Instructional Video Reflection

Filming an instructional video allowed me to see the difficulty in using the 7 shots along with a concept for a video. It was easy when we made a video simply explaining what the 7 shots were, but applying them to a video is not nearly as simple. The video must use the 7 shots in order to hold the viewers attention. It adds an element of interest when certain shots help explain things like emotion or setting. Without the shots the video becomes dull and boring. The different shots keep the video from being a monotonous flow of dialogue.

While filming this video I learned the true importance of story boarding. Our video strayed from the story we had originally set. During filming it didn’t seem like that was a big issue but when it got time to edit we saw the issues that could come up. Since the video and order had changed it was difficult to know where everything went. Our shots made sense but were clearly not as thought out as they should’ve been. It is really important to stick to the written story board or re-write one if you decide to change your ideas. The story board will really set up the video for failure or success.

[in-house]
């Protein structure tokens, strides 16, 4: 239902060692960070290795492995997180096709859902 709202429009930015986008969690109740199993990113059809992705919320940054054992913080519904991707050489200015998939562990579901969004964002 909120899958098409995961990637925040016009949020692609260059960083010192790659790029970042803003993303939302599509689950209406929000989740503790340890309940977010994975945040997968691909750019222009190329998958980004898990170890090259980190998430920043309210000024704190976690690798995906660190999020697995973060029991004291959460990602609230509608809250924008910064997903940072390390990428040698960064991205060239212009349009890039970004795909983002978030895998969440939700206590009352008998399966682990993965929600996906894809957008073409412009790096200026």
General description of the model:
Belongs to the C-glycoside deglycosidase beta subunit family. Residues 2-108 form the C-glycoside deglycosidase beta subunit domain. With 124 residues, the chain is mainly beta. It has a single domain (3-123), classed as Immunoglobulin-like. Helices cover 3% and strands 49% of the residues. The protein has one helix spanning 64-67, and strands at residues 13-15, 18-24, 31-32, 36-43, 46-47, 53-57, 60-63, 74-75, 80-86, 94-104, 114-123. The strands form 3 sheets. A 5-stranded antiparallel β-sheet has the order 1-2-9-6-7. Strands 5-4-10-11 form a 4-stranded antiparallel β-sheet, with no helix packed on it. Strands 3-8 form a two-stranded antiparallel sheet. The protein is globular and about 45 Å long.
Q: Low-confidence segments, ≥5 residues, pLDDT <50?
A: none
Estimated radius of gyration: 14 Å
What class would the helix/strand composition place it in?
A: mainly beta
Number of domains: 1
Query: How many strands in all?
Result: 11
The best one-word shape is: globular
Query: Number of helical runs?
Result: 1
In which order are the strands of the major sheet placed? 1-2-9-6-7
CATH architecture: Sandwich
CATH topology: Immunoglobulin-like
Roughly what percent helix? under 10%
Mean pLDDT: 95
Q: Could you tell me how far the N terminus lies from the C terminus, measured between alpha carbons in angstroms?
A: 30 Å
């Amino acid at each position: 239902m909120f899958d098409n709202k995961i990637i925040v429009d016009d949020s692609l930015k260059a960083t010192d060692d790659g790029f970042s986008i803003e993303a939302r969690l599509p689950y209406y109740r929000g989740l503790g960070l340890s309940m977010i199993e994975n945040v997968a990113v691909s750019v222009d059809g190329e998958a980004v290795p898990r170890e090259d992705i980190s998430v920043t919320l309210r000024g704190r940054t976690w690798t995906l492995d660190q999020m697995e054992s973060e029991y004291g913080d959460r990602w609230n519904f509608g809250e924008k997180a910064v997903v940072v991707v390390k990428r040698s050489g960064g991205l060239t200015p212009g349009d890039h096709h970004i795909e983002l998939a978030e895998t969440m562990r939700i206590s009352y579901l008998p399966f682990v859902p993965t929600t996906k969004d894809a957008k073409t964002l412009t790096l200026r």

This video was more fun to film than the shots video because the scene had more story behind them and more going on. It was interesting getting the actors to do what we had in our minds. We realized that the exact image you have in your mind cannot exactly be transferred into the video. It is difficult to capture exactly what you would like to with the basic tools we have. Filming this video gave me more experience in filming and was a good opportunity to practice.

Below is the instructional video that I made:


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